Tcsh Aliases (3 of 3): Automatically Resolving Aliases using tcshParser

We’ve seen how to write tcsh aliases and how using history substitution commands can transform aliases into relatively sophisticated tools. But aliases have their limitations, particularly when a command needs to be used as the input to another program. We have developed a tool called tcshParser to solve this problem.

What is the problem?

There is no facility in tcsh to find out what the command will look like once you have applied all the aliases. Aliases are only applied to the first ‘word’ in the command, so something like echo mycommand won’t help. This means that if you want to pass your command into any debugging tool, such as Breeze, you don’t know what to pass in unless you can resolve the aliases by hand.

An example should help to make the problem clear. Ellexus Breeze includes a script which traces the execution of a program. You have to pass in the command to trace as an argument to the script. If we type

$ -f trace ls -l /tmp

then Breeze traces the dependencies of the comamnd ls -l /tmp and everything works as expected. But if we define ll as an alias for ls -l and then try to trace it, we get a “command not found” error.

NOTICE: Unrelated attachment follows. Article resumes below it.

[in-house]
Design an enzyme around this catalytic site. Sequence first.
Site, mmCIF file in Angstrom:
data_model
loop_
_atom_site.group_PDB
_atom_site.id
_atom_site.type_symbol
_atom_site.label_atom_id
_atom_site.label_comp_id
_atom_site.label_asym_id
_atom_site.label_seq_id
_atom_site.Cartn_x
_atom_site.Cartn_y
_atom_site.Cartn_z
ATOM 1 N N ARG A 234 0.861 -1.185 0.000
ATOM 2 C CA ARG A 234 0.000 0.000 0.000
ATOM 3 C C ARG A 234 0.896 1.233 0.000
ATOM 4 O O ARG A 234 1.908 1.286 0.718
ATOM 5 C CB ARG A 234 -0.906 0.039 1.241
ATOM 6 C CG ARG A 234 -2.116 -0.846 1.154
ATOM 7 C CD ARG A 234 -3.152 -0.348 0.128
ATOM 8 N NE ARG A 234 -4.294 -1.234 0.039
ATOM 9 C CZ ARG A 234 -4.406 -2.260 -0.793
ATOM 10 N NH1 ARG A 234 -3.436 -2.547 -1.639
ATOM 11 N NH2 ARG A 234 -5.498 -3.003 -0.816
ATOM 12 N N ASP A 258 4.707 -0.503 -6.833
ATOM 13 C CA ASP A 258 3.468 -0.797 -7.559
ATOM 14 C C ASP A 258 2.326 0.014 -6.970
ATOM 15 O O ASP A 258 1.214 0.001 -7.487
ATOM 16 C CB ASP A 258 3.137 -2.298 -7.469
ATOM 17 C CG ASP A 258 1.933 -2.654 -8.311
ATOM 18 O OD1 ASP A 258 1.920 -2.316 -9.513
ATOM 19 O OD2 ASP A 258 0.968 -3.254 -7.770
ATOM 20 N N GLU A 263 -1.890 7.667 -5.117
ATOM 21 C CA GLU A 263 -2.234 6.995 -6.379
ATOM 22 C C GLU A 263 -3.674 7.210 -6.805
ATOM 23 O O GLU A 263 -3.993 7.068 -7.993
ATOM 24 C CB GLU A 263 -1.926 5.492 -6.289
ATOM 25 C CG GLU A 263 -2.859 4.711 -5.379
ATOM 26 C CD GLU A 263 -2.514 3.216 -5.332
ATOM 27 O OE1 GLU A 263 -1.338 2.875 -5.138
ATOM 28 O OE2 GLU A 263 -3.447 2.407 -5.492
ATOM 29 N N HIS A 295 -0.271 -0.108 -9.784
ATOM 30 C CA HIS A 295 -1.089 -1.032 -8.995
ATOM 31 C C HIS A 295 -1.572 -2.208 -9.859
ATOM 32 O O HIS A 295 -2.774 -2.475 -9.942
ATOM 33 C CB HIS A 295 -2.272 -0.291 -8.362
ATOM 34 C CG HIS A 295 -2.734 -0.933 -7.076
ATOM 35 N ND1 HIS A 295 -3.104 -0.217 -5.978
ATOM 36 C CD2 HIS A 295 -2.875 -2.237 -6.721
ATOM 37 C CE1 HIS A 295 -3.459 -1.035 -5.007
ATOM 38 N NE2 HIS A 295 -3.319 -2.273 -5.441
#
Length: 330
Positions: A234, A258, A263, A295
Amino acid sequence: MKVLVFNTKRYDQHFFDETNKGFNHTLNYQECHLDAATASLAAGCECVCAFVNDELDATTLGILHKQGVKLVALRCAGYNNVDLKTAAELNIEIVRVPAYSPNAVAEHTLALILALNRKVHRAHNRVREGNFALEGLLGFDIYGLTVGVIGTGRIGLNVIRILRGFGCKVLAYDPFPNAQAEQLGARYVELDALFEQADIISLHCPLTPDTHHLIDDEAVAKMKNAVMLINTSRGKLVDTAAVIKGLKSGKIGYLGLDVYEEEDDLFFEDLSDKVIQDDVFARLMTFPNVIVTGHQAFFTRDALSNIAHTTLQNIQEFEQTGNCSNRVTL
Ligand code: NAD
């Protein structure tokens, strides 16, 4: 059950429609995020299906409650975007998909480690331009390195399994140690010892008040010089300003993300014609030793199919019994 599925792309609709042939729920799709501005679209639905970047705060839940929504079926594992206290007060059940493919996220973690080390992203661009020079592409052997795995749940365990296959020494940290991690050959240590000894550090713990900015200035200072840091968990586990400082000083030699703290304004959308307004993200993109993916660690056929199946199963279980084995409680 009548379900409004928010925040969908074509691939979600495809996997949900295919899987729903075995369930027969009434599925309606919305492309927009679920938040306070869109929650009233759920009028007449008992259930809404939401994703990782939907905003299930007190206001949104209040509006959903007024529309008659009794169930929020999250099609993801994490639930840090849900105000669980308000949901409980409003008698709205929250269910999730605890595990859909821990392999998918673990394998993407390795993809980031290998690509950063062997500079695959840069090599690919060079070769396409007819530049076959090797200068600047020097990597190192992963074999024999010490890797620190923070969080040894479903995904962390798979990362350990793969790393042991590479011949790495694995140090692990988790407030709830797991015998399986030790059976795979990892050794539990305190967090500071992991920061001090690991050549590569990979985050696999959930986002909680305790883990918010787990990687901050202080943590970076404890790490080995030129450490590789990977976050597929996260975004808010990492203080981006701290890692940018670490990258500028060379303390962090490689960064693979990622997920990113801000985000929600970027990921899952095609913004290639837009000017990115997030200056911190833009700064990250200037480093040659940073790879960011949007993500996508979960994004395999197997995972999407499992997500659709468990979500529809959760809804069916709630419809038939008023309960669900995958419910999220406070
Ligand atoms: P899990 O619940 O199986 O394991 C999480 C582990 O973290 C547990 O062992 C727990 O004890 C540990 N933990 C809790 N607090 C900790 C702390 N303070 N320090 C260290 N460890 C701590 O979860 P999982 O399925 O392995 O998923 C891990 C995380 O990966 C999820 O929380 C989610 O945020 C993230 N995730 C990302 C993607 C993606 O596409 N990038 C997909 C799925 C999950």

$ -f trace ll /tmp
... ll: command not found

Recall that only “the first word of each command is checked to see if it has an alias”. The word ll is no longer the first word of a command and so tcsh doesn’t check to see whether it is an alias.

Introducing tcshParser

We begin by saving the details of all the aliases in your shell environement:

$ alias > my_aliases.txt

The tcshParser program takes this file and your aliased command and prints out the real command that would be run after the aliases are expanded. Repeating the example of ll /tmp, we see that it eventually expands to ls --color=tty -l /tmp

$ ./tcshParser my_aliases.txt ll /tmp
ls --color=tty -l /tmp

To make life easier, we have included tcshParser in the Breeze installation. The script actually has an option  (-at <alias file>) which passes the command line through tcshParser. TcshParser works out what the ‘real’ command should be, so that your aliased commands will just work.

The original version of tcshParser was written in Java, but has now been re-written in C so that it can run on systems which don’t have a Java Virtual Machine installed. The source code for this program has been released under the GPL and can be found on GitHub at:

Instructions for building the program and for running a set of tests can be found in in the github repository.

Author: Richard Jordan is a developer at Ellexus